During the last days of his reign, Hitler had decided that he would “take the whole world” with him when he died. On March 19, 1945, he passed the Nero decree which stipulated that all bridges, dams, factories, and utility complexes were to be destroyed as the German army retreated. The decree was named after the Roman Emperor Nero, who, according to an apocryphal account, had orchestrated the great fire of Rome in 64 AD.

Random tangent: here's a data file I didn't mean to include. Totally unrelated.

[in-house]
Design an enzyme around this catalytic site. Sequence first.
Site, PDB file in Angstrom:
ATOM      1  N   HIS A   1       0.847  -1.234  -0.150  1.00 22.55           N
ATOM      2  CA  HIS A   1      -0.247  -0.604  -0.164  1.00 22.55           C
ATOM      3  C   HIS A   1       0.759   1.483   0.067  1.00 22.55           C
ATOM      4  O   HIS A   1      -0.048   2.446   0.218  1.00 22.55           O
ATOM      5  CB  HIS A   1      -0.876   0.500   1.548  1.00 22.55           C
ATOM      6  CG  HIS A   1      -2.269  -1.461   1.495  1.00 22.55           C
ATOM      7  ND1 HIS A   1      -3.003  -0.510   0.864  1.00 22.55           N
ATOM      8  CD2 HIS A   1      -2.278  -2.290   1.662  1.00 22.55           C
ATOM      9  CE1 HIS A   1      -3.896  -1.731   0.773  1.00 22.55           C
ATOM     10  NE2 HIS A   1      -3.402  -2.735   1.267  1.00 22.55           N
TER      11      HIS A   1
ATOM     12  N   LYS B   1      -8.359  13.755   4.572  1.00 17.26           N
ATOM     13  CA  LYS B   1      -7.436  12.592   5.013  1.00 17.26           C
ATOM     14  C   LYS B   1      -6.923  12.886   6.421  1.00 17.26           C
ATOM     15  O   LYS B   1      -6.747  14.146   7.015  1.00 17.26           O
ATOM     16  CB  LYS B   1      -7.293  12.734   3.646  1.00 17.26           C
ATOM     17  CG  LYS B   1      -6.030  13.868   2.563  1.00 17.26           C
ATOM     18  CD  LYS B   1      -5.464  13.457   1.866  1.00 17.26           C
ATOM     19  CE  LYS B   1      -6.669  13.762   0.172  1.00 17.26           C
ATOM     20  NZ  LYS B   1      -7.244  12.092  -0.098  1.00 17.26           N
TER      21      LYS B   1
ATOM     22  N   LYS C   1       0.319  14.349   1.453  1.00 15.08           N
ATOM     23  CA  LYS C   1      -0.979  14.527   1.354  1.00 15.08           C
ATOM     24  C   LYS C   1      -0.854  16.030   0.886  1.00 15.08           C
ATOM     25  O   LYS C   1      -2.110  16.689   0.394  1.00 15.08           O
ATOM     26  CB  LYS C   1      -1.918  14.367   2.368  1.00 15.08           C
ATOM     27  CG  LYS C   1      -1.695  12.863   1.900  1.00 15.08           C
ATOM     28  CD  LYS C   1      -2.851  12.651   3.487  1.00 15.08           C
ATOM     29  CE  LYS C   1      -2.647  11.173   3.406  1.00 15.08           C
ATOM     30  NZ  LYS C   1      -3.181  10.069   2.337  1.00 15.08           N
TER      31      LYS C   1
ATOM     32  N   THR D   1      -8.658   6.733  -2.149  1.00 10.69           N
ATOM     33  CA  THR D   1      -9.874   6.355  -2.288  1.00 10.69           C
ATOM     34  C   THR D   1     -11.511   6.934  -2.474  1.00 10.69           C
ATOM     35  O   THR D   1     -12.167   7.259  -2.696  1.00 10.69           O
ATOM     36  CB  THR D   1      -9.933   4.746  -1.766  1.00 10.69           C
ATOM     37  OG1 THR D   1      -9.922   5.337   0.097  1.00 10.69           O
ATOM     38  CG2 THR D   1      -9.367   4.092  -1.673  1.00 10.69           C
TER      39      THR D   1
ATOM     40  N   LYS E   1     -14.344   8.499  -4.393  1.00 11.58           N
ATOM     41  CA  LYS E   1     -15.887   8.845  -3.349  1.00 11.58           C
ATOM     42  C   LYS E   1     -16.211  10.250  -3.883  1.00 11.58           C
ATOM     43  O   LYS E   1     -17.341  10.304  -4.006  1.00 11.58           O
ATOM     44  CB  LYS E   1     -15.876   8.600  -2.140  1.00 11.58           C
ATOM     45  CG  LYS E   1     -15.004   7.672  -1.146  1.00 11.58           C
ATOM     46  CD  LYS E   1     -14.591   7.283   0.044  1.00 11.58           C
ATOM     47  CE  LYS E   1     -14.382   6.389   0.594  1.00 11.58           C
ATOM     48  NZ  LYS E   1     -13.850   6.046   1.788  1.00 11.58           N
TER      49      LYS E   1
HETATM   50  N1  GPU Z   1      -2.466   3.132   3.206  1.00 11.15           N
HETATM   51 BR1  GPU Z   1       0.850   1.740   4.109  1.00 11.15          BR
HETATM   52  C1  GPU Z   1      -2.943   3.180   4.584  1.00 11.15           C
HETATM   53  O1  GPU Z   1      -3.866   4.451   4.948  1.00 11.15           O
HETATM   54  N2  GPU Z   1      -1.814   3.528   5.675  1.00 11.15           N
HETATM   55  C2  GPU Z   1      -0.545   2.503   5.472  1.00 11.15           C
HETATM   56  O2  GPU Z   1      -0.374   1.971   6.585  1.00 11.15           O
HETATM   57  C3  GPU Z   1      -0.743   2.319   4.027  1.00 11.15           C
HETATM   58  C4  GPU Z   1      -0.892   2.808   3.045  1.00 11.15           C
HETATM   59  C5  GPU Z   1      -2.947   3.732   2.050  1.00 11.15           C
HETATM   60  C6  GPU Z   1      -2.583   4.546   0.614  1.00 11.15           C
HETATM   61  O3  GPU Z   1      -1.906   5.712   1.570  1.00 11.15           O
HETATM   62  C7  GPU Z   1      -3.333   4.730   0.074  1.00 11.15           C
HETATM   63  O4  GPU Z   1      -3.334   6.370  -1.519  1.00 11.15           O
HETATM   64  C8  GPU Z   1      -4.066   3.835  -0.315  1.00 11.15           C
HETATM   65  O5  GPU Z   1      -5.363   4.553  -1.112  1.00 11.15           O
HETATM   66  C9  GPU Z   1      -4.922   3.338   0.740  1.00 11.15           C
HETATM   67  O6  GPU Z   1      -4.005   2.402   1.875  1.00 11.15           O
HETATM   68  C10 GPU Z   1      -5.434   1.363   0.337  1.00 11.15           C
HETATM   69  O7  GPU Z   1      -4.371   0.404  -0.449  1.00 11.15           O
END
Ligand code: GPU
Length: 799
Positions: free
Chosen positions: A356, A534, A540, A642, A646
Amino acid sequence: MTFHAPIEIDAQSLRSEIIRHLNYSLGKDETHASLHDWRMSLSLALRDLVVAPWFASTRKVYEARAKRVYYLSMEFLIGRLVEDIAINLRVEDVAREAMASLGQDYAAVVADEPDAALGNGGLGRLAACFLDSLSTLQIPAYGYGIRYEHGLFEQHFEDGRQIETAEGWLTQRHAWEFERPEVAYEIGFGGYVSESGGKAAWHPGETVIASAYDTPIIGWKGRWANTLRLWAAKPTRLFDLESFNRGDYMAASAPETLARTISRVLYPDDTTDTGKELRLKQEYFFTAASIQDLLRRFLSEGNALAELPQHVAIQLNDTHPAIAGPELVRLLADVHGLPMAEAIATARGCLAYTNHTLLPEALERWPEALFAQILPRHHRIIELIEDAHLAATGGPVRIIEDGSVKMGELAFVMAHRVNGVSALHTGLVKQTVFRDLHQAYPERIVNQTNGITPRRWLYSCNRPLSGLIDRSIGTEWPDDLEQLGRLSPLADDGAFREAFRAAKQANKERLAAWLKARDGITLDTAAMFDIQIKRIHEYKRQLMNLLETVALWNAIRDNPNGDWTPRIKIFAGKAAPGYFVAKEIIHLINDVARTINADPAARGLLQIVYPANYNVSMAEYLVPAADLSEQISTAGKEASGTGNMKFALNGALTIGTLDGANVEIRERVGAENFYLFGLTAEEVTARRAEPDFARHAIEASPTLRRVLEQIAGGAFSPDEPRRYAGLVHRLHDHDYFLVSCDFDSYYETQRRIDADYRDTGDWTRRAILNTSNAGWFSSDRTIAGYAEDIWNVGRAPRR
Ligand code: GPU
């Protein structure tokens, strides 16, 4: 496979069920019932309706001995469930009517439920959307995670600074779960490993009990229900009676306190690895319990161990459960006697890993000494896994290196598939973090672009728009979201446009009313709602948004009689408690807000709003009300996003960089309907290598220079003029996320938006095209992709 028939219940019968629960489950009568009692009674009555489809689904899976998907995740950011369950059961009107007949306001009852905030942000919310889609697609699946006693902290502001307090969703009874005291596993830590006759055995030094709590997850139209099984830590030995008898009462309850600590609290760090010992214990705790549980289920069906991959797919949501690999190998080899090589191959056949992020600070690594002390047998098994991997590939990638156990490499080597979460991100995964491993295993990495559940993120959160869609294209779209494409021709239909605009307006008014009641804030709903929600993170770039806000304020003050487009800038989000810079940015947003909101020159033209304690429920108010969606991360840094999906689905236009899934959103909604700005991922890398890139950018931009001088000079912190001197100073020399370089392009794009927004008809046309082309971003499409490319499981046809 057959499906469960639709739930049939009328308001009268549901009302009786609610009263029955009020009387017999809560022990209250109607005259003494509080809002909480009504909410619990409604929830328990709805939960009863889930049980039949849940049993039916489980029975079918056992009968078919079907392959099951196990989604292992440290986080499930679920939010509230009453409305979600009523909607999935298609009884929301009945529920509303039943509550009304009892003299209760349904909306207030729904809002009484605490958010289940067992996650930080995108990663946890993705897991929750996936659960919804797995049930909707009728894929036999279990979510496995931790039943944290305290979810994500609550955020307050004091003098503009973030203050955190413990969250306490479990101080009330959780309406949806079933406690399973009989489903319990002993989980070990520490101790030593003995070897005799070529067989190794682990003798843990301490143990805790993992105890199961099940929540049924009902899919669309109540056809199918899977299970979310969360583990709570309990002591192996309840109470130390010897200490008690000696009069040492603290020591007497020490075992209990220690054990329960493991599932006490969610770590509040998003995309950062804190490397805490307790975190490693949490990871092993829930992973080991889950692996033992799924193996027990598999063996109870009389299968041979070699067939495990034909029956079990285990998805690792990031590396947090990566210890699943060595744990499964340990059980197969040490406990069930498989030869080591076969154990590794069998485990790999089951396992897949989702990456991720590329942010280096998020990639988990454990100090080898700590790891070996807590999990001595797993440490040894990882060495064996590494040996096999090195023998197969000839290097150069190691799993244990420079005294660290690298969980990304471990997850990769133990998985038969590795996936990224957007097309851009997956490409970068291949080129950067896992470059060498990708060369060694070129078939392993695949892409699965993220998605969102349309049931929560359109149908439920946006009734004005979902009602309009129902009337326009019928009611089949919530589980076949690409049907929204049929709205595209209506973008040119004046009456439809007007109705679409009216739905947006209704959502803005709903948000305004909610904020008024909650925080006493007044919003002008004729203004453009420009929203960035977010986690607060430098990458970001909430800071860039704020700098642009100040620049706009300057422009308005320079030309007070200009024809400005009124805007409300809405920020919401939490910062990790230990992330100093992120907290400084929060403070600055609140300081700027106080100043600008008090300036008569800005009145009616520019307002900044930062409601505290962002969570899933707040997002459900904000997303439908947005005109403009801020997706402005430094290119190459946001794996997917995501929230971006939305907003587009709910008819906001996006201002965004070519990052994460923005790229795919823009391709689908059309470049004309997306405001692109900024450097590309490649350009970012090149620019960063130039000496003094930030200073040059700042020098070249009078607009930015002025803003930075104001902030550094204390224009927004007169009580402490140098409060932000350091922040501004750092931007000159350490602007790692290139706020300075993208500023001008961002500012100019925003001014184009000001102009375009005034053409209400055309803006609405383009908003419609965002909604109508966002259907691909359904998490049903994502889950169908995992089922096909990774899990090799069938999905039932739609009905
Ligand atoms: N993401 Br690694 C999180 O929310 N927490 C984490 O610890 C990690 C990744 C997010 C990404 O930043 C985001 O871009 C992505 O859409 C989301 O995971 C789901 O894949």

The responsibility for implementing the decree fell on Albert Speer, Hitler’s Minister of Armaments and War Production, who was appalled by the order and disobeyed it. In April 1945, days before Hitler’s suicide, Speer visited Hitler in his bunker. He confessed that the Nero decree was not implemented. Hitler was furious but he allowed Speer to leave the bunker. Speer was prosecuted at Nuremberg and sentenced to 20-years in prison.